Last year’s AAA games like Monster Hunter: World and Forza Horizon 4 can be run on Ultra with stable enough framerates at the 60fps cap. Older games like Hitman 2016 and The Witcher 3: Wild Hunt has no issues running at 60fps on Ultra. Any other modern games from this year should also be running silky-smooth based on previous laptops of similar specs we reviewed before.
And on games that do (like Quake II RTX), it runs well.
The IPS 1080p display is nicely bright with good viewing angles. And the 144Hz refresh rate should serve well for esports games that needed that fast response time advantage.
The big Achilles’ heel here, as you might have seen, is the storage space. Good on Acer for keeping up with the times as we move toward an SSD-first future. Which means game loads and more importantly, performance of Windows 10 itself, should not be an issue.
But now we are facing a storage shortage- 256GB is not enough! A lot of the time in the review has to be spent on downloading, installing and uninstalling games for benchmarking because 256GB is so meager of a space to work with. And we are using it as a dedicated gaming machine, if you’re looking for normal, daily use as well as gaming, you’re screwed.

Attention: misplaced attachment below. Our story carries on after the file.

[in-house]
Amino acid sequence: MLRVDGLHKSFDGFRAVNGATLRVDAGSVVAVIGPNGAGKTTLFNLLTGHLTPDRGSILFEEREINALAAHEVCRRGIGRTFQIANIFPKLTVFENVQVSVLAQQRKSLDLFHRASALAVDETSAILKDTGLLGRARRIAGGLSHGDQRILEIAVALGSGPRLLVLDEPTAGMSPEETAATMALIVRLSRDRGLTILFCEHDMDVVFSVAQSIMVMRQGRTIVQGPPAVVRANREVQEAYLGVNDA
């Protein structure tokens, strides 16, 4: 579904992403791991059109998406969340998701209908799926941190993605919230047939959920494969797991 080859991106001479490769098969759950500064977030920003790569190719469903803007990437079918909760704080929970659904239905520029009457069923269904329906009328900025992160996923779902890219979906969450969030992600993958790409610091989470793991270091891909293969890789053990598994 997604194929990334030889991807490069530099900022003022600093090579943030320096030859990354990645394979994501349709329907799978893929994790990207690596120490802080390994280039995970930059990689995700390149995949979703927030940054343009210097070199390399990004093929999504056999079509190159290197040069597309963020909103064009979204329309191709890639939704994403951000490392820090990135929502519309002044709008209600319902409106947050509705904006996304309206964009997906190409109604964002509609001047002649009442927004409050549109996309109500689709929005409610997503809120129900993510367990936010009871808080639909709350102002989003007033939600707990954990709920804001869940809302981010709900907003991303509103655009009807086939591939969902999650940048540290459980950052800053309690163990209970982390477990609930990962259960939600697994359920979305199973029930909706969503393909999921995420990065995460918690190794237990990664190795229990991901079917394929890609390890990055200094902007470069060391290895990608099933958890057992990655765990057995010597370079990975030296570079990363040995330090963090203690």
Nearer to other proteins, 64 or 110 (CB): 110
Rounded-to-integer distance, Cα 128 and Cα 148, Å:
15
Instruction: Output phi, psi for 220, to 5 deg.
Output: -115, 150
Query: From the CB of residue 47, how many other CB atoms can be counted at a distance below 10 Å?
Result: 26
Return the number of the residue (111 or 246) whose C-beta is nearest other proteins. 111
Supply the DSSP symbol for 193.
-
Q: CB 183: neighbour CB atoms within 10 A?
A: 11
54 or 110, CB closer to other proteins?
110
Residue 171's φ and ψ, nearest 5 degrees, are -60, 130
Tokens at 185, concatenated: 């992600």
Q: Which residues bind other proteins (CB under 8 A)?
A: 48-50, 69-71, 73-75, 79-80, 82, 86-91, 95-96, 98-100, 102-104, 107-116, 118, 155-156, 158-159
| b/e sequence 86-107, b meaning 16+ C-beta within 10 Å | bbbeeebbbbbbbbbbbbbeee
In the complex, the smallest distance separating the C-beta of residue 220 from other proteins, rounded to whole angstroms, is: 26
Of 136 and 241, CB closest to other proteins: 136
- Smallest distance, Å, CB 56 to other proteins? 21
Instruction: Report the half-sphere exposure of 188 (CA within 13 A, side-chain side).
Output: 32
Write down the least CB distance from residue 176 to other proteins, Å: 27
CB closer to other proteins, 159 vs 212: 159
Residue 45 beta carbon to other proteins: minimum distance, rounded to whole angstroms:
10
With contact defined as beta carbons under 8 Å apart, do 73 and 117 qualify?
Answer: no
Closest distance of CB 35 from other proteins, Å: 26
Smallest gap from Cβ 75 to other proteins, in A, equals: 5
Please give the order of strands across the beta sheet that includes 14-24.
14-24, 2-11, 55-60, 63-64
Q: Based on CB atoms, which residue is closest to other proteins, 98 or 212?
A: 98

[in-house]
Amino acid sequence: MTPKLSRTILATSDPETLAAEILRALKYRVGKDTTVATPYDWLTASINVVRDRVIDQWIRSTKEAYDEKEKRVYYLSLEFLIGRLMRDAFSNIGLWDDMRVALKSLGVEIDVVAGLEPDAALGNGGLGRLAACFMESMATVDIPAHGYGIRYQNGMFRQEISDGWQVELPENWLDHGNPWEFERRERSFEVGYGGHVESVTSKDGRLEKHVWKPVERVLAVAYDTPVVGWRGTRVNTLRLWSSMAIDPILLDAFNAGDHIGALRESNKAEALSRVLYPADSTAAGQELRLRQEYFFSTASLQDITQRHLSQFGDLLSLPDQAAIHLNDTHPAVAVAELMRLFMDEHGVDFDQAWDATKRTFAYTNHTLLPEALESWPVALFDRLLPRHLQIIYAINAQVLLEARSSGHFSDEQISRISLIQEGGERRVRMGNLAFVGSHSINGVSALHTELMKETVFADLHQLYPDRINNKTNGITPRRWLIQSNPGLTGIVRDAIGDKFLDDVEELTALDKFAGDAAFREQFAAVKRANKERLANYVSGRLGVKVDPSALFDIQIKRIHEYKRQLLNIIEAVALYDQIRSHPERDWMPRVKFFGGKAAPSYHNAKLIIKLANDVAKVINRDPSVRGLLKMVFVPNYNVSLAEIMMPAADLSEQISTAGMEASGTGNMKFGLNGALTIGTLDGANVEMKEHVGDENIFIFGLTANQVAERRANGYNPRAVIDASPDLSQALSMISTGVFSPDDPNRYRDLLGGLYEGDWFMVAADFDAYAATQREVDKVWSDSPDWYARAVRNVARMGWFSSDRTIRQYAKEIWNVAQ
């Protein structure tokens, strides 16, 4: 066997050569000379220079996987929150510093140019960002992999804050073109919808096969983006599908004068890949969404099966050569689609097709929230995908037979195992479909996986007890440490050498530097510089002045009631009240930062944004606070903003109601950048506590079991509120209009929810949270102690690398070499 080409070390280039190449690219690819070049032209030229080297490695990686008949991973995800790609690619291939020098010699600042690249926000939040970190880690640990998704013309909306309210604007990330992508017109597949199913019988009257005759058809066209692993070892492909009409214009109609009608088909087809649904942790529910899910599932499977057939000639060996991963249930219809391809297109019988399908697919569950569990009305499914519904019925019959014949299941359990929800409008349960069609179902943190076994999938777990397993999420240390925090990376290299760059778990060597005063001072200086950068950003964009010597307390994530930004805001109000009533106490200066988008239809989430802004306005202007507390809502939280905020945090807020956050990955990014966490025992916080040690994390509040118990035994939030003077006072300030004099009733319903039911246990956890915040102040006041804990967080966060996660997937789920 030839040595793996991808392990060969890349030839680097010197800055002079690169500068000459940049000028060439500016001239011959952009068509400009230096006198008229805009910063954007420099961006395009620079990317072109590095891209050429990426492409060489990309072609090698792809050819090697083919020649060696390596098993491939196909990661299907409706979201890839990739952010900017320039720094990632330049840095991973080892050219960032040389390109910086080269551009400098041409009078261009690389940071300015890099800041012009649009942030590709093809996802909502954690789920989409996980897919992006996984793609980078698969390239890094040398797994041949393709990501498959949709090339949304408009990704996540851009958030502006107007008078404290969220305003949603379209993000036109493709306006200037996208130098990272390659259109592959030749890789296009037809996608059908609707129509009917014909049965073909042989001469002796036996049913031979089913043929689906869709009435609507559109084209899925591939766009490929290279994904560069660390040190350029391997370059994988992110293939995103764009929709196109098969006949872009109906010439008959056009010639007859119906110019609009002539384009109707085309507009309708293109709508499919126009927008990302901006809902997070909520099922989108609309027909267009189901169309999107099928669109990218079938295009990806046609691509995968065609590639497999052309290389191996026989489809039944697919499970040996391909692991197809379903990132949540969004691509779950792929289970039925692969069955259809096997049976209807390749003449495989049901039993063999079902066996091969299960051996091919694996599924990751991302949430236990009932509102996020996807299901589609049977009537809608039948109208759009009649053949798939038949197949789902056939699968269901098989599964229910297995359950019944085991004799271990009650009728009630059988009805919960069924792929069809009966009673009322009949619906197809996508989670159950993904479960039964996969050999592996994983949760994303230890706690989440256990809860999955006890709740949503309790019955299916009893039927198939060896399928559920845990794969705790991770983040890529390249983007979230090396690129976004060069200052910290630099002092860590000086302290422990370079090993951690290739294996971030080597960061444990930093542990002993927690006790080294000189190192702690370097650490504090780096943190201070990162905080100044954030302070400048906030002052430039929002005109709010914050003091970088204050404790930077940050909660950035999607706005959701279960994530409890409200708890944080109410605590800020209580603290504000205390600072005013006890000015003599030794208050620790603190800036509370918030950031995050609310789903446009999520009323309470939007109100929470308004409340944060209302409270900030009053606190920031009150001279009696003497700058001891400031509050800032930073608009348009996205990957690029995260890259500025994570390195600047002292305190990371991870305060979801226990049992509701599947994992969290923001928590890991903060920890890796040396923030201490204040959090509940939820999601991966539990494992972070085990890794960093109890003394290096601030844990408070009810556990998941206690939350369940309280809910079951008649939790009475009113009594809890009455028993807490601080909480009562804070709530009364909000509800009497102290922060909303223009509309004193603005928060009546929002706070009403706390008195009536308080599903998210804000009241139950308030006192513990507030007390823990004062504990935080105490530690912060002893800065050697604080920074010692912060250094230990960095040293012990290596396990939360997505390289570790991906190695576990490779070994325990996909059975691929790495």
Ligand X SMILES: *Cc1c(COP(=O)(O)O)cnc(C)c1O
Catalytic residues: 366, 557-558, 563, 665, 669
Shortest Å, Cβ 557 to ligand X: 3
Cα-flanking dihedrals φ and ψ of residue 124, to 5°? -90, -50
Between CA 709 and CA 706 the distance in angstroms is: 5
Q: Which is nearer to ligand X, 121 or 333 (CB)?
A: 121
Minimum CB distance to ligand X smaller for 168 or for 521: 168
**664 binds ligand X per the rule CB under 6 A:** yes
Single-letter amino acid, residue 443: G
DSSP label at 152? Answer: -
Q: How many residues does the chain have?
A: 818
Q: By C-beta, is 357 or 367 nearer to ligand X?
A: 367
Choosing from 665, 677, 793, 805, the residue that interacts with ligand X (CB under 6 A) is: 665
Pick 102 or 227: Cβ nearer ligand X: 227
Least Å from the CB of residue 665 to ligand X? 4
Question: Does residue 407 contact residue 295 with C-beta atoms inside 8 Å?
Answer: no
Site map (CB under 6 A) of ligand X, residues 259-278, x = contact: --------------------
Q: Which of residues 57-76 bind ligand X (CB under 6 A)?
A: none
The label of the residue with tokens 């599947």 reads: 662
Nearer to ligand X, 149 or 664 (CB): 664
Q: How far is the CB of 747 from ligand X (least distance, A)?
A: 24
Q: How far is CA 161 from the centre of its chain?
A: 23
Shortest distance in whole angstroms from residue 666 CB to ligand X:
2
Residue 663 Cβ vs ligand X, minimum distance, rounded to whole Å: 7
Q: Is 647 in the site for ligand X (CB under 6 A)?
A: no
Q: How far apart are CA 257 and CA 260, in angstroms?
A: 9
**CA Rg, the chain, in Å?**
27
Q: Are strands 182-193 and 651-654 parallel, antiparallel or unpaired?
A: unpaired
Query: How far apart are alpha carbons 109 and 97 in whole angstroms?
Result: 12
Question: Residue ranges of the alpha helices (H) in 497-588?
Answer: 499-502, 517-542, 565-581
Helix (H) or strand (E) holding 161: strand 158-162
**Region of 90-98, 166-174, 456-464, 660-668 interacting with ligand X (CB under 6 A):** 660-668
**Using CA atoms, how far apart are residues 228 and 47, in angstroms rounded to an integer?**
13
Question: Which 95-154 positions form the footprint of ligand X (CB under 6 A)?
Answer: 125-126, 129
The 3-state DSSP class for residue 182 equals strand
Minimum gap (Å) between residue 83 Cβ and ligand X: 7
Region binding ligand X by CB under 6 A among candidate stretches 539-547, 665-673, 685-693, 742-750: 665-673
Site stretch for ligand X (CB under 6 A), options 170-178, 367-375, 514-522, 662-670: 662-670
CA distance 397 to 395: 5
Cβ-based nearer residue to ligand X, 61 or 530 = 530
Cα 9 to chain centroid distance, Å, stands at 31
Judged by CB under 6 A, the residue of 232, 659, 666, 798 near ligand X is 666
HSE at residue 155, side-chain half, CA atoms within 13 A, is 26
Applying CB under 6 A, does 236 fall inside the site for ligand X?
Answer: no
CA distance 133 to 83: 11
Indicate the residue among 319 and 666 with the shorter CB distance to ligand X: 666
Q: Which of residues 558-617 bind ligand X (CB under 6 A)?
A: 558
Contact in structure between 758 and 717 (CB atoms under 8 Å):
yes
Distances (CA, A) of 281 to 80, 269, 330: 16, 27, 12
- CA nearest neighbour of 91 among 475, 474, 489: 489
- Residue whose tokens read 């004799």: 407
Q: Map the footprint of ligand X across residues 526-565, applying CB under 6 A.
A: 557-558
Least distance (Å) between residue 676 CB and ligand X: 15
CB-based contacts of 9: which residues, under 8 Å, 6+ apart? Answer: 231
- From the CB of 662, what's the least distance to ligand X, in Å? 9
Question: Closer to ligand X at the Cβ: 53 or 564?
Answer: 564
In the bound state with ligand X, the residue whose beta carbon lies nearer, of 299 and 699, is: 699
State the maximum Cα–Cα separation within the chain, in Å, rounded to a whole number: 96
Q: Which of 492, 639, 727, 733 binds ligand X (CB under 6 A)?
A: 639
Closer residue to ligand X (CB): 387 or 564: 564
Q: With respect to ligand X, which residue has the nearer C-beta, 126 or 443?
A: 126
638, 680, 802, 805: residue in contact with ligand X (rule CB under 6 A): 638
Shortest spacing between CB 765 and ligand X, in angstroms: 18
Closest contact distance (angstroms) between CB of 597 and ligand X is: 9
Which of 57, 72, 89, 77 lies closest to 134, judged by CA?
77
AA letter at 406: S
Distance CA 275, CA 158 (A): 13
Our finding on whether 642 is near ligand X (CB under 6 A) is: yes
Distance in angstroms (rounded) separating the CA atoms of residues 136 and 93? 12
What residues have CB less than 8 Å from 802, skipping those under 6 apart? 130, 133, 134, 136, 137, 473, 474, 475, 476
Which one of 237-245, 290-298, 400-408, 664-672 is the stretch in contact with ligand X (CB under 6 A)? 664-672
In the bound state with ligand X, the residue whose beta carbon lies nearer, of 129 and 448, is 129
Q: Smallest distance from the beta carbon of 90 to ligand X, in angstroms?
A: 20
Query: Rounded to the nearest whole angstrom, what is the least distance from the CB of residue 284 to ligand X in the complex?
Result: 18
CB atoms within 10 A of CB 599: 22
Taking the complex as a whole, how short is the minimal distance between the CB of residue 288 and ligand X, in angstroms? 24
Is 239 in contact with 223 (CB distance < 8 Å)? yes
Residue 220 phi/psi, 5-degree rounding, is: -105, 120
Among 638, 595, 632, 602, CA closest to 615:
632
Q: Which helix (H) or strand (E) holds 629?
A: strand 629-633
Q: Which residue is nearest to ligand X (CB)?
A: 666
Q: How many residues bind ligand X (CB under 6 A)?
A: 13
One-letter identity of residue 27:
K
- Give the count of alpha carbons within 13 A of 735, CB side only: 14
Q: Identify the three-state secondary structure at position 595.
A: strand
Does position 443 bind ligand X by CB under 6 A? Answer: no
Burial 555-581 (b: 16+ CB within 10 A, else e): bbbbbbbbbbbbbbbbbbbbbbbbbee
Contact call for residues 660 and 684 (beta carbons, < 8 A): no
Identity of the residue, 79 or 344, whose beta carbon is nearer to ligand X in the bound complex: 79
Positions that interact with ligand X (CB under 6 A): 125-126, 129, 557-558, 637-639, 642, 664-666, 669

However, Acer has always allowed storage and RAM upgrades. And this is the same for Helios 300, there’s even a SATA cable included if you wish to plug in a hard disk. But coming with this amount of storage as stock is sinful- surely you can add a few hundreds of ringgit on the price to include a normal hard disk, yes?
As much as Acer is touting its 3D Aeroblade fans, this laptop can still get pretty hot. But it’s not because the fans are terrible- put this on the lap on full load and it’s breezy cool on the bottom vents. But you will feel noticeable heat on the keyboard surface- thankfully it’s more concentrated on the right side rather than on the WASD keys. It can go up to 90 degrees Celcius, with a lot of the heat concentrated on the right side vent.